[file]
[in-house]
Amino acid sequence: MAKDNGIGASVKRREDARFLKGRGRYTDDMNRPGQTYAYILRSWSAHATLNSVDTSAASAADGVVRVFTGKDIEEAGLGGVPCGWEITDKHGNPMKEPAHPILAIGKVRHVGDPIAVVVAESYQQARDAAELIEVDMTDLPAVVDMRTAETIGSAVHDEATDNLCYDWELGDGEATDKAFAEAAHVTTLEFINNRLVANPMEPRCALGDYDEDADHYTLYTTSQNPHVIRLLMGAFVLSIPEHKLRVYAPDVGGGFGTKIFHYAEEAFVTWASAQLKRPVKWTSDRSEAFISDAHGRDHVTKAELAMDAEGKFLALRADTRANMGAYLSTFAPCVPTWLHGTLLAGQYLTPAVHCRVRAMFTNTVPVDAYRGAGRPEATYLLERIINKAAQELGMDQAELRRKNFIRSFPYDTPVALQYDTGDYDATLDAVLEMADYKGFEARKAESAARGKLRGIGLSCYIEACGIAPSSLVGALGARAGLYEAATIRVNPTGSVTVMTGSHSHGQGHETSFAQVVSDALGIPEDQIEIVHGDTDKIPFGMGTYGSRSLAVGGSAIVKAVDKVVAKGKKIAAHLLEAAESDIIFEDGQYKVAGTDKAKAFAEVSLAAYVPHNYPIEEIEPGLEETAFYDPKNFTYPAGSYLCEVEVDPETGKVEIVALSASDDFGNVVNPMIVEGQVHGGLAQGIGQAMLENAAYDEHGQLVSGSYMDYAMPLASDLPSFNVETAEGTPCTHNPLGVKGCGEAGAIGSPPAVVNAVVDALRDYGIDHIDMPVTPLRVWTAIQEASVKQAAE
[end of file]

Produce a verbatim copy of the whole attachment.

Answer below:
[in-house]
Amino acid sequence: MAKDNGIGASVKRREDARFLKGRGRYTDDMNRPGQTYAYILRSWSAHATLNSVDTSAASAADGVVRVFTGKDIEEAGLGGVPCGWEITDKHGNPMKEPAHPILAIGKVRHVGDPIAVVVAESYQQARDAAELIEVDMTDLPAVVDMRTAETIGSAVHDEATDNLCYDWELGDGEATDKAFAEAAHVTTLEFINNRLVANPMEPRCALGDYDEDADHYTLYTTSQNPHVIRLLMGAFVLSIPEHKLRVYAPDVGGGFGTKIFHYAEEAFVTWASAQLKRPVKWTSDRSEAFISDAHGRDHVTKAELAMDAEGKFLALRADTRANMGAYLSTFAPCVPTWLHGTLLAGQYLTPAVHCRVRAMFTNTVPVDAYRGAGRPEATYLLERIINKAAQELGMDQAELRRKNFIRSFPYDTPVALQYDTGDYDATLDAVLEMADYKGFEARKAESAARGKLRGIGLSCYIEACGIAPSSLVGALGARAGLYEAATIRVNPTGSVTVMTGSHSHGQGHETSFAQVVSDALGIPEDQIEIVHGDTDKIPFGMGTYGSRSLAVGGSAIVKAVDKVVAKGKKIAAHLLEAAESDIIFEDGQYKVAGTDKAKAFAEVSLAAYVPHNYPIEEIEPGLEETAFYDPKNFTYPAGSYLCEVEVDPETGKVEIVALSASDDFGNVVNPMIVEGQVHGGLAQGIGQAMLENAAYDEHGQLVSGSYMDYAMPLASDLPSFNVETAEGTPCTHNPLGVKGCGEAGAIGSPPAVVNAVVDALRDYGIDHIDMPVTPLRVWTAIQEASVKQAAE